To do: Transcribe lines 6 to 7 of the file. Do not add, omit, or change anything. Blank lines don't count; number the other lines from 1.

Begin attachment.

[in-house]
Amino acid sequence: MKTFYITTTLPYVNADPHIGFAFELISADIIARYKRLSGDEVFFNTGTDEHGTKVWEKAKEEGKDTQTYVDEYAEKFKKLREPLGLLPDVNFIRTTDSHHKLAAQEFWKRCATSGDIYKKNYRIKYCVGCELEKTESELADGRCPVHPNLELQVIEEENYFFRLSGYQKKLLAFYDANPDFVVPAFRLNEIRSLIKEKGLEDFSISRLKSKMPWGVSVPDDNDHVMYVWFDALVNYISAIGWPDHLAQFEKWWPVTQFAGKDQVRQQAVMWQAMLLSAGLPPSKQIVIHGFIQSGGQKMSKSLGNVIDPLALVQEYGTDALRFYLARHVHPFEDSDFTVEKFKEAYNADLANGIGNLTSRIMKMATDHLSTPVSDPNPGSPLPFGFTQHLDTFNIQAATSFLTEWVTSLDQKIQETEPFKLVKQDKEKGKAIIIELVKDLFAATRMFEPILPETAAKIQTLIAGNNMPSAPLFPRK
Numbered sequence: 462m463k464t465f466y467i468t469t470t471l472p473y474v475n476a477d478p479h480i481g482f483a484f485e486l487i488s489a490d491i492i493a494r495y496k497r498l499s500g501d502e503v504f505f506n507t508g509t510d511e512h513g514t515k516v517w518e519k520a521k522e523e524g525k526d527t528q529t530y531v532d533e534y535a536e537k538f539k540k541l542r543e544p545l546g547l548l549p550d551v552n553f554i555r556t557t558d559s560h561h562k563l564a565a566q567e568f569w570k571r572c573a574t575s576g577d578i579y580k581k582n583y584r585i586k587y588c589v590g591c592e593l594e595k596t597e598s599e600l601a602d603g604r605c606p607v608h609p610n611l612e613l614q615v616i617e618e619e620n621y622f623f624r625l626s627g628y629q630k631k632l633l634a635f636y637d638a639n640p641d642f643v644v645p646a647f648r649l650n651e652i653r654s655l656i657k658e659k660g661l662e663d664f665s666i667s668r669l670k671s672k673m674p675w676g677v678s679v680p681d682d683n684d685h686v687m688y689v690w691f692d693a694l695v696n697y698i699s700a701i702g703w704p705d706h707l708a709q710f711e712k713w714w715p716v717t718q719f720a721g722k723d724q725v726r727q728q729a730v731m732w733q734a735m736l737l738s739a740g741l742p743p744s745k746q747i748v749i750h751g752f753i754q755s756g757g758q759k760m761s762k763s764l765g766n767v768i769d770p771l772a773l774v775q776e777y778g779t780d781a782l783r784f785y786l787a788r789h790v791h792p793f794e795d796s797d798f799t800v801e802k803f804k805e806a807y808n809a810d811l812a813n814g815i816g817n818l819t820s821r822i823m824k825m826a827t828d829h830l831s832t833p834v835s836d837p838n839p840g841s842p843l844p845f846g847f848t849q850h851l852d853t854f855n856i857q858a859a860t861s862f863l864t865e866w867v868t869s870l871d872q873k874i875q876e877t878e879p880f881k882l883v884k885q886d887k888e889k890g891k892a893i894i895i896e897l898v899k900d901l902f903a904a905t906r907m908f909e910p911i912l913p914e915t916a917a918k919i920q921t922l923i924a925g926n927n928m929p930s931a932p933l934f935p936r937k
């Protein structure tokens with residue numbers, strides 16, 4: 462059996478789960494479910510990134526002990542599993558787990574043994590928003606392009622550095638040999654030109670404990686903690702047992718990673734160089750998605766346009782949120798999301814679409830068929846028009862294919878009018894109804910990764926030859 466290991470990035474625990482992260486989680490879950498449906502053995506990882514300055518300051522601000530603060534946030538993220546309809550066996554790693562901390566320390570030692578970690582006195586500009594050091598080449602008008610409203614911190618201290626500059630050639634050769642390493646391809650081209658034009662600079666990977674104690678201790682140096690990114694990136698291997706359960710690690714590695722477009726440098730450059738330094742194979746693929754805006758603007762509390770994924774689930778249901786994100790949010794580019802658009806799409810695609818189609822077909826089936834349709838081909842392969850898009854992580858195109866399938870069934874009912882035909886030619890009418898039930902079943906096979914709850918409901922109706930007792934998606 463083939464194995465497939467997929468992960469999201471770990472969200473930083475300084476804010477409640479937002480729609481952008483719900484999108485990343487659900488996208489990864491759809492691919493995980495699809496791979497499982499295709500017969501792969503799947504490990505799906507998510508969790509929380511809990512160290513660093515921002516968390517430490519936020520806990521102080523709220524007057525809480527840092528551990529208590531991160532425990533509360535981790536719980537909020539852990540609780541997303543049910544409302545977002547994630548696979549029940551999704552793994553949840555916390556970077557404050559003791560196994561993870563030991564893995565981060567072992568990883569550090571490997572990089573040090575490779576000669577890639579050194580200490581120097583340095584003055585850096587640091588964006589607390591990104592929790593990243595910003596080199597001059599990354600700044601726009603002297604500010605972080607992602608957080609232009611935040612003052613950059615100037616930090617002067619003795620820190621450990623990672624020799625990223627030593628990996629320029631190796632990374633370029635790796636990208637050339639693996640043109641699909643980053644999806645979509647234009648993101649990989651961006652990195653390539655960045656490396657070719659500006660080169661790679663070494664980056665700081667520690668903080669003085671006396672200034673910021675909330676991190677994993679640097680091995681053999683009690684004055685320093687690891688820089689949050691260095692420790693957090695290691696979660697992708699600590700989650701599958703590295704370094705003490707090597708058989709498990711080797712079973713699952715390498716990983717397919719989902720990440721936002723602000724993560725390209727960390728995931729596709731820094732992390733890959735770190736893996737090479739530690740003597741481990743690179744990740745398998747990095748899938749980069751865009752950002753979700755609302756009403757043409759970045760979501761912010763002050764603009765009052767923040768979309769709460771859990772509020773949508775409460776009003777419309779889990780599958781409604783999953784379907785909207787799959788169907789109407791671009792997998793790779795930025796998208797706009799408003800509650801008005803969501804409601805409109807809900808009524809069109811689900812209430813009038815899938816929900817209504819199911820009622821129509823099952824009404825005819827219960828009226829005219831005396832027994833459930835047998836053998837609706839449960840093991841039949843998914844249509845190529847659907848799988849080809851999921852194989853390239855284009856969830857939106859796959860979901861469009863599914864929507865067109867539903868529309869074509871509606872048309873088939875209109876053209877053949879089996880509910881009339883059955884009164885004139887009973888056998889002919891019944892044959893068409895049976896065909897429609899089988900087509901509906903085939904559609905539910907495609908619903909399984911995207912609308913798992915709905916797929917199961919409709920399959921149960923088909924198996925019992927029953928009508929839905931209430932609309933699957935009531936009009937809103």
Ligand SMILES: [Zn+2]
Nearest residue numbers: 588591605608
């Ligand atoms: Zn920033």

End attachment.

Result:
Nearest residue numbers: 588591605608
């Ligand atoms: Zn920033």